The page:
Throughout 2018, we’ll be celebrating The Art of Change by inviting 12 of our Young Poets to write and perform a poem that speaks to our changing world.
This month, Laurie Ogden shares her poem, ‘Hunger Strike’, inspired by the treatment of women detained at Yarl’s Wood.
After Terrance Hayes’ Nuclear1
‘I know in my heart that none of us are truly free until we are all free.’
Opelo Kgari, detainee at Yarl’s Wood.
1918. A captive woman refuses to shrink
under a prison guard’s glare, rejects food, shrieks
that her body is restrung
as political daily but her voice is rejected. He tugs
at the corners of her clamp-mouth. Repeat. Reset.
Two hundred forcefuls. There’s
no need to detail how he did it, too much hurt
inflicted on women is repeated. Women of grit.
Women on strike.
Painting parliament in purple, white and green.
Prisoners who would not taste anything but Rights.
2018. A captive woman refuses to shrink
under a prison guard’s glare. The guns
pointed at temples are paper thin
with Home Office stamps. Human Rights are rugs
to be yanked from underfoot. Reset.
Repeat. An indeterminate sentence sinks
each day into dread. Night
-mares are airplane shadows. Twitter sneers,
I just don’t really see the point in their strike.
With spit the taste of shut
doors, Not when I’m eating my full plate of Rights.
1 The ‘gramof&s’ form devised by Terrance Hayes consists of 11 lines. The final word of each line is an anagram (of four letters or longer) of the title.
What inspired your poem this month?
I was thinking about women because it’s International Women’s Day this month (and I am one) and it’s 100 years since (some) women got the vote. This led me to think about the suffragette movement and in considering that I found the parallels with present day too pertinent to ignore. The treatment of women detained at Yarl’s Wood and the dialogue surrounding that, in particular the dismissive attitude towards their hunger strike, was something I felt compelled to write about.
Natasha Walter, the director of Women for Refugee Women, said: ‘Our research has shown that the Home Office is breaking its own rules. Most women put in detention after seeking asylum are survivors of gender-based violence, and Home Office rules say that such women should not be detained.’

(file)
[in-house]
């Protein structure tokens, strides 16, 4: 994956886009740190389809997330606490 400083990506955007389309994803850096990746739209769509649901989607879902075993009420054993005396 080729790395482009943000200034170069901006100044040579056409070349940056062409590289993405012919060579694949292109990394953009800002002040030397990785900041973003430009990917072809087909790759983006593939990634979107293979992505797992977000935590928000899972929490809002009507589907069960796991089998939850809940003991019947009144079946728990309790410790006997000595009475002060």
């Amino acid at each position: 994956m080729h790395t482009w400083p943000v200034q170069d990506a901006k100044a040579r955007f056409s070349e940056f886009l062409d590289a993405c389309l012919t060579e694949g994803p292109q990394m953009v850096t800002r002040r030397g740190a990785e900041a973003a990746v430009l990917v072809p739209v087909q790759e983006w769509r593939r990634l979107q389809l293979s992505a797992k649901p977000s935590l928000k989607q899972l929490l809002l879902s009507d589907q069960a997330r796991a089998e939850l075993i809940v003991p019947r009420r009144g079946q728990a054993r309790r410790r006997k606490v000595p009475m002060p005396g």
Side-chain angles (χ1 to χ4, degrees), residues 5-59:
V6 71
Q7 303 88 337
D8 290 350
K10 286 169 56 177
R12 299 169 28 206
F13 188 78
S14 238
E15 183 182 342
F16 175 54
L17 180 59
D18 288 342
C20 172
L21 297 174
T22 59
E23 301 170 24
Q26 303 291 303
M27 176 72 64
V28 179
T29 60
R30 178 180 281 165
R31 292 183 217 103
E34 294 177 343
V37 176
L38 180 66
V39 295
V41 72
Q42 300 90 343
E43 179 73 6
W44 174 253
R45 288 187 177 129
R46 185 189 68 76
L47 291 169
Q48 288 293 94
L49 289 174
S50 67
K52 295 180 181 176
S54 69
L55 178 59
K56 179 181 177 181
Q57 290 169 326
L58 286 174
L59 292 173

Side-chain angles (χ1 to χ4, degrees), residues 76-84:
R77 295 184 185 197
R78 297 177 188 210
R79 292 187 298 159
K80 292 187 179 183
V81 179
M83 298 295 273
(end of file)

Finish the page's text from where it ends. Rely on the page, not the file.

Change starts with people using their voice – we then have to follow it through with action
Who do you think writes well on the topic of change?
This is a really difficult question because I think so many poets at least touch on this in their work – it’s kind of impossible not too. Poetry and poetry facilitation can be used to directly enact change; Anita Barton-Williams with ‘Heaux Noire’, a platform for black & brown women, Joelle Taylor with ‘Songs My Enemy Taught Me’ and her work with survivors, Rachel Long’s ‘Octavia’, a collective for womxn of colour and Travis Alabanza who creates essential and beautiful work as one of the most prominent queer artistic voices in the UK right now.
How has poetry changed your life?
A number of years ago, I was in a room of writers and we were told to put your hand up if you didn’t feel you had a voice. Out of the group, two women and myself put up our hands. Those artists are two of the most important people in the UK poetry scene right now. Their work is beautiful, powerful and vital.
Before finding poetry, the closest I ever felt to being able to communicate how I felt about myself and the world around me was through dance. When I found poetry, I felt for the first time like I had found a home in my own voice.
Why do you think poetry is a good way to talk about change?
Poetry is a way to be heard, to communicate and debate. Change starts with people using their voice – we then have to follow it through with action.
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Part of The Art of Change, our 2018 annual theme which explores how the arts respond to, reflect and potentially effect change in the social and political landscape.